In addition, the Policy Brief recommends five principles that should presumptively apply to all platform workers: (i) fair pay (through minimum wage regulations, possibly adapted to take into account the segmented and fragmented nature of platform work), (ii) fair conditions (that speak to health and safety and physical working conditions, and may involve a splitting of obligations between the platform and the customer or consumer), (iii) fair contracts (that provide transparency and seek to mitigate the imbalance of power between the platform and the worker), (iv) fair management (that includes non-discrimination and mitigating unaccountability and algorithmic bias), and (v) fair representation (including rights to organise and negotiate collectively).


Most jurisdictions draw a distinction between “employees” (who are entitled to labour law protections) and “independent contractors” (who are not). The employee/independent contractor binary has evolved in the context of the concept of work during the nineteenth and early twentieth centuries, where “employees” worked for a single, identifiable employer, for a sustained period of time, using the employer’s equipment, and at a physical location such as a factory or office. Many of these characteristics are absent from platform work. For this reason, courts and legislatures around the world have struggled to apply the employee/ independent contractor paradigm to platform work. Some jurisdictions have created an “intermediate category” of workers, who do not have the full range of rights available to employees but do retain a more limited set of rights (e.g., as defined in the UK Employment Rights Act 1996; see Uber v Aslam and Farrar, Fredman and Du Toit 2019).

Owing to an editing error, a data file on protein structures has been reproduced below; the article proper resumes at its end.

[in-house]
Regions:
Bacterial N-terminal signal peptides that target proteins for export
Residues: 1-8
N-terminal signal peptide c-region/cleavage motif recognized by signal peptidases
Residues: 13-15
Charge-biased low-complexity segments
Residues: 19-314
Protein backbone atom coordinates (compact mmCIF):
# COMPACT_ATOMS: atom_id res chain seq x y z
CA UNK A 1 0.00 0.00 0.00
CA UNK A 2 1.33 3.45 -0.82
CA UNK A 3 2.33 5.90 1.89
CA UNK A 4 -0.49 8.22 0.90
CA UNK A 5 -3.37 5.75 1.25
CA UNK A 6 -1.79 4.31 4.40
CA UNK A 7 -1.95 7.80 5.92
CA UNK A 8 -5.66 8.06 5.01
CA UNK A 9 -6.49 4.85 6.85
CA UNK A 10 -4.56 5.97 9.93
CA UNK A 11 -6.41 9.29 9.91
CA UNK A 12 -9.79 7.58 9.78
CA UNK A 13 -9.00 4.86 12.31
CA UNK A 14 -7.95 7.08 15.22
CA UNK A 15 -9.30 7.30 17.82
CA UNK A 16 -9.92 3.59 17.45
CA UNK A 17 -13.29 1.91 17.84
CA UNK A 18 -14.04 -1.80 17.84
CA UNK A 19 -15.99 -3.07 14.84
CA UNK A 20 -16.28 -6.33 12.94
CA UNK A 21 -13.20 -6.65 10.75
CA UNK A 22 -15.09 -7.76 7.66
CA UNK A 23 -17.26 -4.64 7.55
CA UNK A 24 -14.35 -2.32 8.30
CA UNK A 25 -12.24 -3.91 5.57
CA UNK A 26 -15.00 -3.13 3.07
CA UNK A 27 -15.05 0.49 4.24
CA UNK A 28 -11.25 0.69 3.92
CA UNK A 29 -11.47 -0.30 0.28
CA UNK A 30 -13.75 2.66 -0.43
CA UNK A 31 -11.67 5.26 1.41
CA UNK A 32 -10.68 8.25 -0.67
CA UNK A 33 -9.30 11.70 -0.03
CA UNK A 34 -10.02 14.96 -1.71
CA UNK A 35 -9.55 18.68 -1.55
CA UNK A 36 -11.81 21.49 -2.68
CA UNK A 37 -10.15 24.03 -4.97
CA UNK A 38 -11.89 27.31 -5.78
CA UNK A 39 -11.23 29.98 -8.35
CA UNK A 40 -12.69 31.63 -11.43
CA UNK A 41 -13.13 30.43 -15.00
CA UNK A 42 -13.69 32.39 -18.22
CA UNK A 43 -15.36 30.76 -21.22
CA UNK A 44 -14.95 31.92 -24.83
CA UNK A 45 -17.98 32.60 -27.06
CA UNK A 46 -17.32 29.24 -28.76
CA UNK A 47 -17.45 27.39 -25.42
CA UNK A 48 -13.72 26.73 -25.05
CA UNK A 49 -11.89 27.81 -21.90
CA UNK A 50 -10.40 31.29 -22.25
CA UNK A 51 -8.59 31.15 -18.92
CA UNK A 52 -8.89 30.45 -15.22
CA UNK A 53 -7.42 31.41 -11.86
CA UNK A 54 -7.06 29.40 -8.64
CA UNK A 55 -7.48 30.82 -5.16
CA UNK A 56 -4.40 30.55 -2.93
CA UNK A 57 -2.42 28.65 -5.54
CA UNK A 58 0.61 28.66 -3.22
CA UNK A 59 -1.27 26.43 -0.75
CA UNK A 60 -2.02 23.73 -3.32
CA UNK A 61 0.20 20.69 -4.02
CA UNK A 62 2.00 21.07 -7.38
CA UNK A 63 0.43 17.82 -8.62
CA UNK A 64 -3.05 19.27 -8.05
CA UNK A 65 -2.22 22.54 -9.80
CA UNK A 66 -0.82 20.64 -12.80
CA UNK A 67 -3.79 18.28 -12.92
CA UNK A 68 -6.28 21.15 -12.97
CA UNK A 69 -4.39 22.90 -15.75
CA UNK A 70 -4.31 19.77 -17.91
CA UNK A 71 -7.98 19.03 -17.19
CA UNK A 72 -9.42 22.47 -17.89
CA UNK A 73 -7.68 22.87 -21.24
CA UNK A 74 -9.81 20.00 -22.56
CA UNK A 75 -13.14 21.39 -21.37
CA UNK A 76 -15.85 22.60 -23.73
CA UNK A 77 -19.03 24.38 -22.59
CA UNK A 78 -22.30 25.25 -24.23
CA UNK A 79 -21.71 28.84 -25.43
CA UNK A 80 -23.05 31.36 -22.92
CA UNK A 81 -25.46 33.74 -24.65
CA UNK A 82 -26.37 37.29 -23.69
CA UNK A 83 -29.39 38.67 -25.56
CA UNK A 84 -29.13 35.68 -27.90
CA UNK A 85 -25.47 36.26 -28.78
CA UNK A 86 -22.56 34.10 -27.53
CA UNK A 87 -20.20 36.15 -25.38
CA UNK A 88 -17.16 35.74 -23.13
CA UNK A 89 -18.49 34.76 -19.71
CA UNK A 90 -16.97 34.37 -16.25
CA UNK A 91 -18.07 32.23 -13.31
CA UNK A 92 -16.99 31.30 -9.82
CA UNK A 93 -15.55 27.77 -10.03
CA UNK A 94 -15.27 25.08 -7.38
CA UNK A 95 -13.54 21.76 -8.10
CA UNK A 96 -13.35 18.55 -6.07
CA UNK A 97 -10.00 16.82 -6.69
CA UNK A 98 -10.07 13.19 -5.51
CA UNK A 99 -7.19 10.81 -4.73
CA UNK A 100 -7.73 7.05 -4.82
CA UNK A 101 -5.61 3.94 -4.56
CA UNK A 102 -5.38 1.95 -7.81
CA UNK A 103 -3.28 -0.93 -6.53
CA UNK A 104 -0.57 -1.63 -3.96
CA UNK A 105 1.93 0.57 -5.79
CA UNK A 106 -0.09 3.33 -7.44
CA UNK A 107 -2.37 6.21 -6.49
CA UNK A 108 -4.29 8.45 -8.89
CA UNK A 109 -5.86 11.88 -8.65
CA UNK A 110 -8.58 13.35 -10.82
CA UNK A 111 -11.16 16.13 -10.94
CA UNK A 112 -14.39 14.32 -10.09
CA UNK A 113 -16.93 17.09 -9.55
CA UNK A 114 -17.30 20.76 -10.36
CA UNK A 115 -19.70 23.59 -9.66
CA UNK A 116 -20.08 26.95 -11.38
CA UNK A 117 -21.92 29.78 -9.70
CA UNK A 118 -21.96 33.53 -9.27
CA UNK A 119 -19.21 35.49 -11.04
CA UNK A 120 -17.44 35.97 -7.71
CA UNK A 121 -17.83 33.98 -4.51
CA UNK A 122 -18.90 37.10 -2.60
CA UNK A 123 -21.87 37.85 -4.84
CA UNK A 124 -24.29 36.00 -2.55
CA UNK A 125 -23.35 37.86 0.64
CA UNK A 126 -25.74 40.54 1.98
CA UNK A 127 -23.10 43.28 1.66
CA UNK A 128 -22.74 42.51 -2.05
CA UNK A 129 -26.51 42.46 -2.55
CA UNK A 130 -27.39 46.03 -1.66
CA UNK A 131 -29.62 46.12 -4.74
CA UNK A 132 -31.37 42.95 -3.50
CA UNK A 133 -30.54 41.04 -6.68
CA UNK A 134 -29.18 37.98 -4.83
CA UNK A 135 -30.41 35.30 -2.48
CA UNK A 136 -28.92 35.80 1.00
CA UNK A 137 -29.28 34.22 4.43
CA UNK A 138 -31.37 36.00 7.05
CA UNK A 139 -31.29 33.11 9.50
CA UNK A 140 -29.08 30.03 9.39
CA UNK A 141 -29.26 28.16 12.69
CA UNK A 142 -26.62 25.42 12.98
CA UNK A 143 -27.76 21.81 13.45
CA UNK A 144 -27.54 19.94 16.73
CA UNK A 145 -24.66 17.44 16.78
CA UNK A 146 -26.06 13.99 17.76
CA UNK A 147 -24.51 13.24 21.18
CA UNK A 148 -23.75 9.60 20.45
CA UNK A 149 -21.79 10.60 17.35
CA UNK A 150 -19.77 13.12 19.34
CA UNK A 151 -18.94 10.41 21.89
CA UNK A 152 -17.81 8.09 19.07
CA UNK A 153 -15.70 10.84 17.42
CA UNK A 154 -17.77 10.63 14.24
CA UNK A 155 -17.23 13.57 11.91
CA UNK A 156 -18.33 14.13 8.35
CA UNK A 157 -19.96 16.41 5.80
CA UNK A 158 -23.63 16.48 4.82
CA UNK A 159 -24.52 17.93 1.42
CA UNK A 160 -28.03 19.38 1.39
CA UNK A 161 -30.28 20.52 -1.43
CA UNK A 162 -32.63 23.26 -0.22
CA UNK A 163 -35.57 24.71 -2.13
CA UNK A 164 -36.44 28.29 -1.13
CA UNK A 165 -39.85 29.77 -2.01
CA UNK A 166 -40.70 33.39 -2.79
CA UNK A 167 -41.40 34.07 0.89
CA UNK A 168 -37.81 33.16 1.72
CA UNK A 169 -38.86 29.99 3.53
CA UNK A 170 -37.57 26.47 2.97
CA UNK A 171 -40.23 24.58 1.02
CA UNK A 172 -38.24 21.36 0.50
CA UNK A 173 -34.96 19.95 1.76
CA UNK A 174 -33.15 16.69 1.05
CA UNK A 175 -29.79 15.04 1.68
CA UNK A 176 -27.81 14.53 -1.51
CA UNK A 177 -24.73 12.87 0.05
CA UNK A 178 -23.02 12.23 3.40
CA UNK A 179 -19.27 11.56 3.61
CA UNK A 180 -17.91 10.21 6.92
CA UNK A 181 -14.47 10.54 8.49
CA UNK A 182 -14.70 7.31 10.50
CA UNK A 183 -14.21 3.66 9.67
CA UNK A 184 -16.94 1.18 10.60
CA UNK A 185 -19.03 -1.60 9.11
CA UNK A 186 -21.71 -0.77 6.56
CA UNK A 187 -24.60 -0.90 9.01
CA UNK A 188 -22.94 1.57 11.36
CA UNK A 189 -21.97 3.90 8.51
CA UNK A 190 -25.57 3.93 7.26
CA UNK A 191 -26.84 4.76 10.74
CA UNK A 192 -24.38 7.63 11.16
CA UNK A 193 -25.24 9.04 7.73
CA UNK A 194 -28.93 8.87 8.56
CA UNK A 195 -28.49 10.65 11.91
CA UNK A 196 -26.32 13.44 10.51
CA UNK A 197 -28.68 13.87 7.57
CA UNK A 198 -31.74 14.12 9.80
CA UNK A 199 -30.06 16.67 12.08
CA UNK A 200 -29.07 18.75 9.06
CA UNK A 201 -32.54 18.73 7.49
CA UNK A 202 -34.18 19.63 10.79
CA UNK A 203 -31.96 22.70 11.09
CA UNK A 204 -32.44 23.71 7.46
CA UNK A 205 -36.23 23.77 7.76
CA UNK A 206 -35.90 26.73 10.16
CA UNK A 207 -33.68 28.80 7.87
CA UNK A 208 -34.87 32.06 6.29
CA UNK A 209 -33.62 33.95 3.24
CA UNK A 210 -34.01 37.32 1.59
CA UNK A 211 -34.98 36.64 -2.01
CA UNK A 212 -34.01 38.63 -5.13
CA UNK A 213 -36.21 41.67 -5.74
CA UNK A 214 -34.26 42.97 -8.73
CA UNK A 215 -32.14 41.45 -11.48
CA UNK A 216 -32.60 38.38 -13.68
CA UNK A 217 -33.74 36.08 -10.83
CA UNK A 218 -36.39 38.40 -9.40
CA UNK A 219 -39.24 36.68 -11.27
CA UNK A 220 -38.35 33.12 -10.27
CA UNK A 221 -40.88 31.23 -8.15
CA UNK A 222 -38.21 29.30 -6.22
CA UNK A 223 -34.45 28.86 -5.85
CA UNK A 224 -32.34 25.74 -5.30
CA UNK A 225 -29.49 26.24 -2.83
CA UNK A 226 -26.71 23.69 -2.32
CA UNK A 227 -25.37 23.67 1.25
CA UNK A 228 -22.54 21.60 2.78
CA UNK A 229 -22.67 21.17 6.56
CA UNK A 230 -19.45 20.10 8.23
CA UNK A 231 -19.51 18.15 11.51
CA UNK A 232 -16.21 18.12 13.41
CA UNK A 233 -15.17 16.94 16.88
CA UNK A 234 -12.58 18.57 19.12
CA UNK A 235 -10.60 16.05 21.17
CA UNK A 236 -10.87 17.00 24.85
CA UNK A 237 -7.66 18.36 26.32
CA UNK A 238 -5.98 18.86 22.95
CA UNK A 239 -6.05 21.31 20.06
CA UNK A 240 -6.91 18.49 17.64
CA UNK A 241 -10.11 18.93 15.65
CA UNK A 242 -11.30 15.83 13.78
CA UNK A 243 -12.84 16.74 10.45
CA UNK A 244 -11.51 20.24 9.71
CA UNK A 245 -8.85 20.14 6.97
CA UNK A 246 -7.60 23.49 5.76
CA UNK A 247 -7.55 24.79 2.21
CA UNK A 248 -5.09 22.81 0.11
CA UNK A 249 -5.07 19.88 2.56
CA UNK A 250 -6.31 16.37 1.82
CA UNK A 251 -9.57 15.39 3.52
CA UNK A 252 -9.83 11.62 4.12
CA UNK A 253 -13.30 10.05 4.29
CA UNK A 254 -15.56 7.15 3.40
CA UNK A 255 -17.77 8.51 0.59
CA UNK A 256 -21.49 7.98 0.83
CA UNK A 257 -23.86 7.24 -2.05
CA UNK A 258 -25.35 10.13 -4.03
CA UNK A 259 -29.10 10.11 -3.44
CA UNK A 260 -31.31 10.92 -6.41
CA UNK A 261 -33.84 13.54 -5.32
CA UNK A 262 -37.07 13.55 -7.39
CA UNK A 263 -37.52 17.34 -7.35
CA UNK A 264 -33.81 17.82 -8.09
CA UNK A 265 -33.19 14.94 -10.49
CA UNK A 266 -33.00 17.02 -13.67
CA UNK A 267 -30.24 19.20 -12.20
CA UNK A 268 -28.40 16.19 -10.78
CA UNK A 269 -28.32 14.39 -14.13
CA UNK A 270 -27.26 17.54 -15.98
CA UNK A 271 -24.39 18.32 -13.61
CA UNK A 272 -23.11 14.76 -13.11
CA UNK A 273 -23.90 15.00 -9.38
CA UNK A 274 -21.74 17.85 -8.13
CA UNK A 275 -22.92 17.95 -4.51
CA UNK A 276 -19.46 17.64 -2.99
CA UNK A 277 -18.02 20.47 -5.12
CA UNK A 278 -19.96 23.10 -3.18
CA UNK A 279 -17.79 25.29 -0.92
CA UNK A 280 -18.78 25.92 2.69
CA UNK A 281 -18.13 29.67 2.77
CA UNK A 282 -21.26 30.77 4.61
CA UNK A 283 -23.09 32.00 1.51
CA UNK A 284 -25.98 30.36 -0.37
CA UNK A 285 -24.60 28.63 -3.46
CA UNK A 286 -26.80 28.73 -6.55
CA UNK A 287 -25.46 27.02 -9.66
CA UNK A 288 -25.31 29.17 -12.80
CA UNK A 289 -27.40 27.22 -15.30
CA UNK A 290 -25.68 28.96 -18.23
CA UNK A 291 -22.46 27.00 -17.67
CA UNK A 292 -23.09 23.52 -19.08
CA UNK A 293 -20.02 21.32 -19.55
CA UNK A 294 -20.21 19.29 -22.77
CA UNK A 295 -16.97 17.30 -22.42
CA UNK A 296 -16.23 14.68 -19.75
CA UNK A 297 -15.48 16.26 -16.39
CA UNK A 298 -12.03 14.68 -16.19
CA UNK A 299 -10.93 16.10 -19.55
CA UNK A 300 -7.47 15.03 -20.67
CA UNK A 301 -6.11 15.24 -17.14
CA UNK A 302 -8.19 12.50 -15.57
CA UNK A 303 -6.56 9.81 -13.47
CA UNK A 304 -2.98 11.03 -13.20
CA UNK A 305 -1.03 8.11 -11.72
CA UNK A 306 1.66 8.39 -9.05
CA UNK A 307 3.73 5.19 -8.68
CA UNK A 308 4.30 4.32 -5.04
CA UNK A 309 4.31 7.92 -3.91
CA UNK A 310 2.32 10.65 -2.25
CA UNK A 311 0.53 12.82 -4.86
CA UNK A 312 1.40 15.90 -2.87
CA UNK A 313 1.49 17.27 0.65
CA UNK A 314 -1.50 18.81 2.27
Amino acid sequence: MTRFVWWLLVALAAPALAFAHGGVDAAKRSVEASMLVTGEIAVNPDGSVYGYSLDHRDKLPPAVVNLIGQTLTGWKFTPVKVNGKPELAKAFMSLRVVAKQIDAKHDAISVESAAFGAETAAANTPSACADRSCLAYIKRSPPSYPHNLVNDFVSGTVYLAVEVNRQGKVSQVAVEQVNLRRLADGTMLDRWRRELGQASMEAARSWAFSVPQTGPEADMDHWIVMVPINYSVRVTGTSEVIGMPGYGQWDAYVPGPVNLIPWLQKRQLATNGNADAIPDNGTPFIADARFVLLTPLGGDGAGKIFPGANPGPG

This Policy Brief suggests that the substance of the relationship between the platform and the worker should determine the question, with all workers who are dependent on platforms or working to deliver a platform’s brand being granted the threshold rights set out in (b) above.

Consistent with the realities of platform work, the following criteria none of which should be conclusive in itself, but are only indicative in nature may be used to determine access to the threshold rights:

· who designs and markets the service; · who has potential or actual control over terms of use, and over determining the price of the service;

· whether the worker is obliged to deliver the service personally;

· how much control the platform exercises over the worker, especially through the app, and especially over the manner in which the worker delivers the service;

· whether the use of the app is purely to allow users to communicate with workers, or whether it plays a more extensive role (such as, for example, fixing the price, exercising surveillance through a “ratings” system, and so on);

· whether and to what extent the worker is economically dependent on the platform;

· whether the worker is associated with the platform through “badges of employment” (such as uniforms etc.).